Simply the presence of a good physical environment signals organisational respect and care
I try my best to indoctrinate my children into liking the things that I do. This is of course doomed to fail, which is a good thing. Thus far tastes in food, music, and books can be added to the “Dad you are so embarrassing” list. However, one thing we all can agree on as a family is Mr Bean. While watching the 25-year-old series recently, it struck me how dated the physical environment and everyday objects appeared. The cars looked unrecognisably ancient, as did the clothes, the street signs, and even the food. The muffins were small and shrivelled and the coffee was all instant. However, there was one scene that didn’t look at all dated. In one particular episode, Mr Bean attends the local emergency department after getting his hand stuck in a kettle. The physical layout of the department, the colour scheme, the signage, and even the technology all looked remarkably familiar. It could have been filmed in many NHS hospitals in 2017.
Many hospitals in which I have worked have struggled with finances over the last 5 years. There has often been a ban on capital investment on new physical infrastructure projects even extended to repairs in some circumstances. Only spending on direct patient care was permitted. However, divorcing the environment from care is fundamentally flawed. The physical environment has been shown to influence not only behaviour, but also physical and mental wellbeing.
One hospital in which I have worked has a large, bowl-like commercial area filled with shops, staff, patients, and the occasional pigeon. Access from this bustling area to the entirety of the hospital is via a single, narrow, small corridor. At the start of this corridor is of course a steep flight of stairs. After this first obstacle, the thin corridor continues with multiple sharp exits on both the right and lefthand sides. Patients with walking frames, sticks, and wheelchairs bump into staff rushing to clinics, wards, and meetings. People stop suddenly mid-stride as they look for directions on the walls. They zig-zag across the corridor, in and out of doors.
I am unsure if the architect had ever stepped into a hospital or encountered an ill person before they considered this design as a good idea. With the inability to move in anything but a single file, I often think that installing traffic lights may help ease the daily congestion. Combine this with a lift system that is prone to malfunction then late arrivals at outpatients, delays in theatre start times, and problematic patient movement is a certainty. And don’t get me started on car parking.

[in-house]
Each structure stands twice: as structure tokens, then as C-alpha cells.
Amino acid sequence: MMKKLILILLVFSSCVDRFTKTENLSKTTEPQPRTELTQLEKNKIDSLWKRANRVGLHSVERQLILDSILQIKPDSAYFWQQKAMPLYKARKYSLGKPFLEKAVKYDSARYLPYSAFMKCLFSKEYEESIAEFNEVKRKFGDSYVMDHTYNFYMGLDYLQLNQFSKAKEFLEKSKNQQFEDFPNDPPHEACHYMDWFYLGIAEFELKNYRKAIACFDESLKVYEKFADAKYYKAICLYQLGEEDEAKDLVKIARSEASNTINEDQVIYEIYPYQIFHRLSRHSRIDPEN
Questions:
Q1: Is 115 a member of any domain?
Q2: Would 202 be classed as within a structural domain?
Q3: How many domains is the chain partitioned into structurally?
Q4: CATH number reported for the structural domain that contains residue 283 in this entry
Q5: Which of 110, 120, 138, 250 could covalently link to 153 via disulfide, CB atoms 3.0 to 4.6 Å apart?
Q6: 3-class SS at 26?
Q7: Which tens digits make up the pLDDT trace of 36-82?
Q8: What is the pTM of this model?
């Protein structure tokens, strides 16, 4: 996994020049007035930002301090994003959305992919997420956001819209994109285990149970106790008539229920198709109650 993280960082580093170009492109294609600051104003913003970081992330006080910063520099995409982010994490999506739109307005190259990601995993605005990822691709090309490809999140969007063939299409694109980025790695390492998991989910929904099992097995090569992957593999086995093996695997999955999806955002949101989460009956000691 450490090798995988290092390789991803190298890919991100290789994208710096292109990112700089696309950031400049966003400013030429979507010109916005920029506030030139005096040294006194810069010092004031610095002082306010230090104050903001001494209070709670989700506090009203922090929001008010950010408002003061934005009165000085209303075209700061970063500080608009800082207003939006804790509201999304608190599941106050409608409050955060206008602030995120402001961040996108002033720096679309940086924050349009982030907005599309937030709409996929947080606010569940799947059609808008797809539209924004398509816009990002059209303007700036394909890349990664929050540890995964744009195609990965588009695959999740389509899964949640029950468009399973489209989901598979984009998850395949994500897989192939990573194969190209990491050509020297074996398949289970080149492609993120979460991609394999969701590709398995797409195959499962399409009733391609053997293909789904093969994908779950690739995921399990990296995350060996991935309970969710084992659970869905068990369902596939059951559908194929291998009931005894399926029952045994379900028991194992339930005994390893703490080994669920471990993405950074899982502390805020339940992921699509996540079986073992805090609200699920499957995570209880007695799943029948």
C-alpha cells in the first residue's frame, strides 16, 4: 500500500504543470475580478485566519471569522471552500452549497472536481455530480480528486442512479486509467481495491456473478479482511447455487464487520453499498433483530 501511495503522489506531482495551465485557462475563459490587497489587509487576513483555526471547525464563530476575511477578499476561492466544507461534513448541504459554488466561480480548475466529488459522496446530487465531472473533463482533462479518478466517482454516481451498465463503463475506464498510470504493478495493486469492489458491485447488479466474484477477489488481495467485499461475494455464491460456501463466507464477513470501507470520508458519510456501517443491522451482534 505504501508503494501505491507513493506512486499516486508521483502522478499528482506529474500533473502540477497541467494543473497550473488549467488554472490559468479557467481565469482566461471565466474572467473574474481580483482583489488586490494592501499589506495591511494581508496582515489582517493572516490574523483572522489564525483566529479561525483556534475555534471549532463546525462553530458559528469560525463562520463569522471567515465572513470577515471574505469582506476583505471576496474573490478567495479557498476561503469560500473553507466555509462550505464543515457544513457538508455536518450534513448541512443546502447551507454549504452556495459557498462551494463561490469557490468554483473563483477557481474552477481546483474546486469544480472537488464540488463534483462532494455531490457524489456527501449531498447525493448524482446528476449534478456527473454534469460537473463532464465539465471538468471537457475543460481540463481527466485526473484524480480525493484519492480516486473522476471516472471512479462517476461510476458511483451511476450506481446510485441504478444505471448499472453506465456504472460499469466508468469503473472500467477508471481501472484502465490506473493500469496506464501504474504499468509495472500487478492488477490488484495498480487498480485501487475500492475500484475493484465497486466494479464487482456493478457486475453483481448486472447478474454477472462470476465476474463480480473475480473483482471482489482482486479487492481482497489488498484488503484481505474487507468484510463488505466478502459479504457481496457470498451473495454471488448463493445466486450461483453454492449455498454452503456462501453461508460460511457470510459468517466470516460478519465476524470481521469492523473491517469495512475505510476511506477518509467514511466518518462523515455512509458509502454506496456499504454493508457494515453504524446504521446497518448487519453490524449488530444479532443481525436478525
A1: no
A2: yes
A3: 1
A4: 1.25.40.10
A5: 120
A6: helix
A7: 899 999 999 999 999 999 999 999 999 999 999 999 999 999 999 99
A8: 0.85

I do understand the emphasis on prioritising spending on direct patient care. Each of us goes to work with patient care at the heart of our concerns. Delivering excellent patient care however depends on a lot of factors. Having safe, healthy, motivated staff is one essential piece of this puzzle. Even the design of an office building impacts directly on our health. “Sick building syndrome” was described in the same year as the first Mr Bean series in 1991. It relates poor design with increased levels of employee sickness, physical ill health, and lower job satisfaction. Combine these findings with a physical infrastructure designed to treat patients and deliver healthcare care then the implications are more profound.
One of the greatest improvements in my professional life that has led to increased job satisfaction over the last 12 months has been the installation of a new hospital canteen. Having well cooked, healthy, hot food, served in a nice environment goes a long way to help staff and patient morale. This is even the case if I cannot actually get there to eat. Simply the presence of a good physical environment signals organisational respect and care. Ultimately the reason we all go to work is to help patients. I hope that financial planners and healthcare organisations recognise the impact that the physical environment has on staff, on patients, and on healthcare.
Matt Morgan, Honorary Senior Research Fellow at Cardiff University, Consultant in Intensive Care Medicine and Head of Research and Development at University Hospital of Wales, and an editor of BMJ OnExamination. He is on twitter: @dr_mattmorgan